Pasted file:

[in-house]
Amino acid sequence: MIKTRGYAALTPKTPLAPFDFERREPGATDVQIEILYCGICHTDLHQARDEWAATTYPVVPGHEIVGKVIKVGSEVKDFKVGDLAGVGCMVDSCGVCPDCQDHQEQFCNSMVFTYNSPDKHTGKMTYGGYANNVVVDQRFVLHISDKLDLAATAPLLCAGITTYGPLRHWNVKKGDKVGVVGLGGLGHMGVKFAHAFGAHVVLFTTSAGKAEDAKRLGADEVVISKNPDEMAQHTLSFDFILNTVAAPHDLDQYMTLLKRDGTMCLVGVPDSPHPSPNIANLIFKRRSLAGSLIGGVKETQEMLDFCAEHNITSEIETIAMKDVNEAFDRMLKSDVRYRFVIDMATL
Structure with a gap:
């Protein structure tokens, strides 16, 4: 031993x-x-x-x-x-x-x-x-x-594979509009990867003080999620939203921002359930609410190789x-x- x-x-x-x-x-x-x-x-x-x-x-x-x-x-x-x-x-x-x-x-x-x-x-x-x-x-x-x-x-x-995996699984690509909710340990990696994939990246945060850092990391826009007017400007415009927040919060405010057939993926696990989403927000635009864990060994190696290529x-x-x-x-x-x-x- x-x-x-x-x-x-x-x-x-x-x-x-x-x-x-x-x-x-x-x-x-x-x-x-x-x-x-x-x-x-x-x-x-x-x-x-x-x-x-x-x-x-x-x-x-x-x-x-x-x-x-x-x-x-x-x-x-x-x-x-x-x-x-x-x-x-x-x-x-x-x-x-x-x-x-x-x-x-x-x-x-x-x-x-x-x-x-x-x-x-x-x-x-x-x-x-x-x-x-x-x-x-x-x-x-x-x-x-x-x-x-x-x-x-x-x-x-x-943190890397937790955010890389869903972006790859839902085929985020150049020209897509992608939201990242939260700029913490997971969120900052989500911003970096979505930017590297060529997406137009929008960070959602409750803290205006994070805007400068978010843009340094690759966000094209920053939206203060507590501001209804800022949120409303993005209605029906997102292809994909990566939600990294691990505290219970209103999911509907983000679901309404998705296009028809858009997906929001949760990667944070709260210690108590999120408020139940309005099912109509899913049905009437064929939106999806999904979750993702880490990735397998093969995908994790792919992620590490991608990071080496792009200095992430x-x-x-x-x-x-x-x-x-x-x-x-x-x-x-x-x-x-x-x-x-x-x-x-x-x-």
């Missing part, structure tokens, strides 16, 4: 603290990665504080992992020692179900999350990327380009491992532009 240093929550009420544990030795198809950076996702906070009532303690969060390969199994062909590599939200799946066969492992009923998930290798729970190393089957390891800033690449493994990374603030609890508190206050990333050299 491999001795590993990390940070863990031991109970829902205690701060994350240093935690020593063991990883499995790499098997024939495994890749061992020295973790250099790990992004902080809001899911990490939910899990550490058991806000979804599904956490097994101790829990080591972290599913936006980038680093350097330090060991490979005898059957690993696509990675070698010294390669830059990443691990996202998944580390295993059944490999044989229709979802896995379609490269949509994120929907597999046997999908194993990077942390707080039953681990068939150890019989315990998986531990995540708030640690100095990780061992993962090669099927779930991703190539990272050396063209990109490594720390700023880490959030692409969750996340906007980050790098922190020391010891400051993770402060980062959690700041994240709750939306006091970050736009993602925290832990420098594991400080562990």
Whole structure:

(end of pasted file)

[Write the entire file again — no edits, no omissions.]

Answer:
[in-house]
Amino acid sequence: MIKTRGYAALTPKTPLAPFDFERREPGATDVQIEILYCGICHTDLHQARDEWAATTYPVVPGHEIVGKVIKVGSEVKDFKVGDLAGVGCMVDSCGVCPDCQDHQEQFCNSMVFTYNSPDKHTGKMTYGGYANNVVVDQRFVLHISDKLDLAATAPLLCAGITTYGPLRHWNVKKGDKVGVVGLGGLGHMGVKFAHAFGAHVVLFTTSAGKAEDAKRLGADEVVISKNPDEMAQHTLSFDFILNTVAAPHDLDQYMTLLKRDGTMCLVGVPDSPHPSPNIANLIFKRRSLAGSLIGGVKETQEMLDFCAEHNITSEIETIAMKDVNEAFDRMLKSDVRYRFVIDMATL
Structure with a gap:
């Protein structure tokens, strides 16, 4: 031993x-x-x-x-x-x-x-x-x-594979509009990867003080999620939203921002359930609410190789x-x- x-x-x-x-x-x-x-x-x-x-x-x-x-x-x-x-x-x-x-x-x-x-x-x-x-x-x-x-x-x-995996699984690509909710340990990696994939990246945060850092990391826009007017400007415009927040919060405010057939993926696990989403927000635009864990060994190696290529x-x-x-x-x-x-x- x-x-x-x-x-x-x-x-x-x-x-x-x-x-x-x-x-x-x-x-x-x-x-x-x-x-x-x-x-x-x-x-x-x-x-x-x-x-x-x-x-x-x-x-x-x-x-x-x-x-x-x-x-x-x-x-x-x-x-x-x-x-x-x-x-x-x-x-x-x-x-x-x-x-x-x-x-x-x-x-x-x-x-x-x-x-x-x-x-x-x-x-x-x-x-x-x-x-x-x-x-x-x-x-x-x-x-x-x-x-x-x-x-x-x-x-x-x-943190890397937790955010890389869903972006790859839902085929985020150049020209897509992608939201990242939260700029913490997971969120900052989500911003970096979505930017590297060529997406137009929008960070959602409750803290205006994070805007400068978010843009340094690759966000094209920053939206203060507590501001209804800022949120409303993005209605029906997102292809994909990566939600990294691990505290219970209103999911509907983000679901309404998705296009028809858009997906929001949760990667944070709260210690108590999120408020139940309005099912109509899913049905009437064929939106999806999904979750993702880490990735397998093969995908994790792919992620590490991608990071080496792009200095992430x-x-x-x-x-x-x-x-x-x-x-x-x-x-x-x-x-x-x-x-x-x-x-x-x-x-």
């Missing part, structure tokens, strides 16, 4: 603290990665504080992992020692179900999350990327380009491992532009 240093929550009420544990030795198809950076996702906070009532303690969060390969199994062909590599939200799946066969492992009923998930290798729970190393089957390891800033690449493994990374603030609890508190206050990333050299 491999001795590993990390940070863990031991109970829902205690701060994350240093935690020593063991990883499995790499098997024939495994890749061992020295973790250099790990992004902080809001899911990490939910899990550490058991806000979804599904956490097994101790829990080591972290599913936006980038680093350097330090060991490979005898059957690993696509990675070698010294390669830059990443691990996202998944580390295993059944490999044989229709979802896995379609490269949509994120929907597999046997999908194993990077942390707080039953681990068939150890019989315990998986531990995540708030640690100095990780061992993962090669099927779930991703190539990272050396063209990109490594720390700023880490959030692409969750996340906007980050790098922190020391010891400051993770402060980062959690700041994240709750939306006091970050736009993602925290832990420098594991400080562990």
Whole structure: